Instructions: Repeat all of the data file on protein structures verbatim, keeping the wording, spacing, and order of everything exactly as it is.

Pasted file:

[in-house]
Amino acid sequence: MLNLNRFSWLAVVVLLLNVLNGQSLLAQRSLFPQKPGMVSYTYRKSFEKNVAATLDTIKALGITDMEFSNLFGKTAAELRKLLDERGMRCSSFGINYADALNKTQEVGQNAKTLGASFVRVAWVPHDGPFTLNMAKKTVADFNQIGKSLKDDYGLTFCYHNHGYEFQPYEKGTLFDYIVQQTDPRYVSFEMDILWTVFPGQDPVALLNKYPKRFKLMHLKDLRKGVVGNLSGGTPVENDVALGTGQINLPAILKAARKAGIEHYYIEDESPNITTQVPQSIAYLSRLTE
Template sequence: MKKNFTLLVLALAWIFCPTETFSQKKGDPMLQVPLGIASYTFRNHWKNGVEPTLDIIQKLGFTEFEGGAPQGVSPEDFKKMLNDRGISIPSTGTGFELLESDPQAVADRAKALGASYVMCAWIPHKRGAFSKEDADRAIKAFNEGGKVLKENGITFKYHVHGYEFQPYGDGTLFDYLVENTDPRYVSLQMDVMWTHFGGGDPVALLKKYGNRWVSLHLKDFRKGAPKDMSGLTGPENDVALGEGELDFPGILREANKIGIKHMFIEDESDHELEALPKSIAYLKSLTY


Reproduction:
[in-house]
Amino acid sequence: MLNLNRFSWLAVVVLLLNVLNGQSLLAQRSLFPQKPGMVSYTYRKSFEKNVAATLDTIKALGITDMEFSNLFGKTAAELRKLLDERGMRCSSFGINYADALNKTQEVGQNAKTLGASFVRVAWVPHDGPFTLNMAKKTVADFNQIGKSLKDDYGLTFCYHNHGYEFQPYEKGTLFDYIVQQTDPRYVSFEMDILWTVFPGQDPVALLNKYPKRFKLMHLKDLRKGVVGNLSGGTPVENDVALGTGQINLPAILKAARKAGIEHYYIEDESPNITTQVPQSIAYLSRLTE
Template sequence: MKKNFTLLVLALAWIFCPTETFSQKKGDPMLQVPLGIASYTFRNHWKNGVEPTLDIIQKLGFTEFEGGAPQGVSPEDFKKMLNDRGISIPSTGTGFELLESDPQAVADRAKALGASYVMCAWIPHKRGAFSKEDADRAIKAFNEGGKVLKENGITFKYHVHGYEFQPYGDGTLFDYLVENTDPRYVSLQMDVMWTHFGGGDPVALLKKYGNRWVSLHLKDFRKGAPKDMSGLTGPENDVALGEGELDFPGILREANKIGIKHMFIEDESDHELEALPKSIAYLKSLTY